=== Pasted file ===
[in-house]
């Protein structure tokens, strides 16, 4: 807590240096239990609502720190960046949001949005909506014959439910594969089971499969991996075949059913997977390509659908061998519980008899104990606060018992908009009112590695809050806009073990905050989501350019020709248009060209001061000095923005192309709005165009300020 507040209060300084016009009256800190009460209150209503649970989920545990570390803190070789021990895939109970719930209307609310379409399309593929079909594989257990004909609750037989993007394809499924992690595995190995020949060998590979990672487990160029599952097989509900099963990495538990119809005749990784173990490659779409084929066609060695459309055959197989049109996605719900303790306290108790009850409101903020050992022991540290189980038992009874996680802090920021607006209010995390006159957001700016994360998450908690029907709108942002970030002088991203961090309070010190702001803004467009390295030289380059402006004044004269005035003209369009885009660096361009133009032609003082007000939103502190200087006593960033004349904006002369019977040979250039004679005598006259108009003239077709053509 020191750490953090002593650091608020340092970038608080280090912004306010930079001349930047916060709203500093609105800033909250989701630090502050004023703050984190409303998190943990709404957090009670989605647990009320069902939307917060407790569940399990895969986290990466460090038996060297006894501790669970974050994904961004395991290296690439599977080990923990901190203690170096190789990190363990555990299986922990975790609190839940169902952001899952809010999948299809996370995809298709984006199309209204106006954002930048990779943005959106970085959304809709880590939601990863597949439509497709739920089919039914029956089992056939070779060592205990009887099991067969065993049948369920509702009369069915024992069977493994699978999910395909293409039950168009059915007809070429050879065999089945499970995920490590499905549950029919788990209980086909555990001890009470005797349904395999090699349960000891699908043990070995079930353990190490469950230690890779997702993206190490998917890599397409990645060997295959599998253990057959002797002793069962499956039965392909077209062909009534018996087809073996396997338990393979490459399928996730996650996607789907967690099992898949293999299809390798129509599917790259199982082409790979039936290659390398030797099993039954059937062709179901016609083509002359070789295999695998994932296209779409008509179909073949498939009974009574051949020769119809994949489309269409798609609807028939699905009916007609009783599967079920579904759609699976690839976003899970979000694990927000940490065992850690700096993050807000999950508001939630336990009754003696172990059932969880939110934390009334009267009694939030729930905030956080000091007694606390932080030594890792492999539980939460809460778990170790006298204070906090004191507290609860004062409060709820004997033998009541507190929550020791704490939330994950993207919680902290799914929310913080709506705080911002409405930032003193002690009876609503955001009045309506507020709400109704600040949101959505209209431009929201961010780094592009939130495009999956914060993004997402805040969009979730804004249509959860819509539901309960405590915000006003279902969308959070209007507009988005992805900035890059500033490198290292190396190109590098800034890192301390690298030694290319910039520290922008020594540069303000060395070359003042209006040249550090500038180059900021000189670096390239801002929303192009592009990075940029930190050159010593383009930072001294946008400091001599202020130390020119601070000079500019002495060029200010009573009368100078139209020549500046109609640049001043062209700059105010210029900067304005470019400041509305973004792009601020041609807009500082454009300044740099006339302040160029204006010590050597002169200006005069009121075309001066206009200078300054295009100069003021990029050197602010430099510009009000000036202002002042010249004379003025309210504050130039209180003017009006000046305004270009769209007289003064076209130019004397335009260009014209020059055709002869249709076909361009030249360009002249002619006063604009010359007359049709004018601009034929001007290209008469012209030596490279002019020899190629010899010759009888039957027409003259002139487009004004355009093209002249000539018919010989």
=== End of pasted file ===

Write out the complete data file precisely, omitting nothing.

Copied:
[in-house]
């Protein structure tokens, strides 16, 4: 807590240096239990609502720190960046949001949005909506014959439910594969089971499969991996075949059913997977390509659908061998519980008899104990606060018992908009009112590695809050806009073990905050989501350019020709248009060209001061000095923005192309709005165009300020 507040209060300084016009009256800190009460209150209503649970989920545990570390803190070789021990895939109970719930209307609310379409399309593929079909594989257990004909609750037989993007394809499924992690595995190995020949060998590979990672487990160029599952097989509900099963990495538990119809005749990784173990490659779409084929066609060695459309055959197989049109996605719900303790306290108790009850409101903020050992022991540290189980038992009874996680802090920021607006209010995390006159957001700016994360998450908690029907709108942002970030002088991203961090309070010190702001803004467009390295030289380059402006004044004269005035003209369009885009660096361009133009032609003082007000939103502190200087006593960033004349904006002369019977040979250039004679005598006259108009003239077709053509 020191750490953090002593650091608020340092970038608080280090912004306010930079001349930047916060709203500093609105800033909250989701630090502050004023703050984190409303998190943990709404957090009670989605647990009320069902939307917060407790569940399990895969986290990466460090038996060297006894501790669970974050994904961004395991290296690439599977080990923990901190203690170096190789990190363990555990299986922990975790609190839940169902952001899952809010999948299809996370995809298709984006199309209204106006954002930048990779943005959106970085959304809709880590939601990863597949439509497709739920089919039914029956089992056939070779060592205990009887099991067969065993049948369920509702009369069915024992069977493994699978999910395909293409039950168009059915007809070429050879065999089945499970995920490590499905549950029919788990209980086909555990001890009470005797349904395999090699349960000891699908043990070995079930353990190490469950230690890779997702993206190490998917890599397409990645060997295959599998253990057959002797002793069962499956039965392909077209062909009534018996087809073996396997338990393979490459399928996730996650996607789907967690099992898949293999299809390798129509599917790259199982082409790979039936290659390398030797099993039954059937062709179901016609083509002359070789295999695998994932296209779409008509179909073949498939009974009574051949020769119809994949489309269409798609609807028939699905009916007609009783599967079920579904759609699976690839976003899970979000694990927000940490065992850690700096993050807000999950508001939630336990009754003696172990059932969880939110934390009334009267009694939030729930905030956080000091007694606390932080030594890792492999539980939460809460778990170790006298204070906090004191507290609860004062409060709820004997033998009541507190929550020791704490939330994950993207919680902290799914929310913080709506705080911002409405930032003193002690009876609503955001009045309506507020709400109704600040949101959505209209431009929201961010780094592009939130495009999956914060993004997402805040969009979730804004249509959860819509539901309960405590915000006003279902969308959070209007507009988005992805900035890059500033490198290292190396190109590098800034890192301390690298030694290319910039520290922008020594540069303000060395070359003042209006040249550090500038180059900021000189670096390239801002929303192009592009990075940029930190050159010593383009930072001294946008400091001599202020130390020119601070000079500019002495060029200010009573009368100078139209020549500046109609640049001043062209700059105010210029900067304005470019400041509305973004792009601020041609807009500082454009300044740099006339302040160029204006010590050597002169200006005069009121075309001066206009200078300054295009100069003021990029050197602010430099510009009000000036202002002042010249004379003025309210504050130039209180003017009006000046305004270009769209007289003064076209130019004397335009260009014209020059055709002869249709076909361009030249360009002249002619006063604009010359007359049709004018601009034929001007290209008469012209030596490279002019020899190629010899010759009888039957027409003259002139487009004004355009093209002249000539018919010989």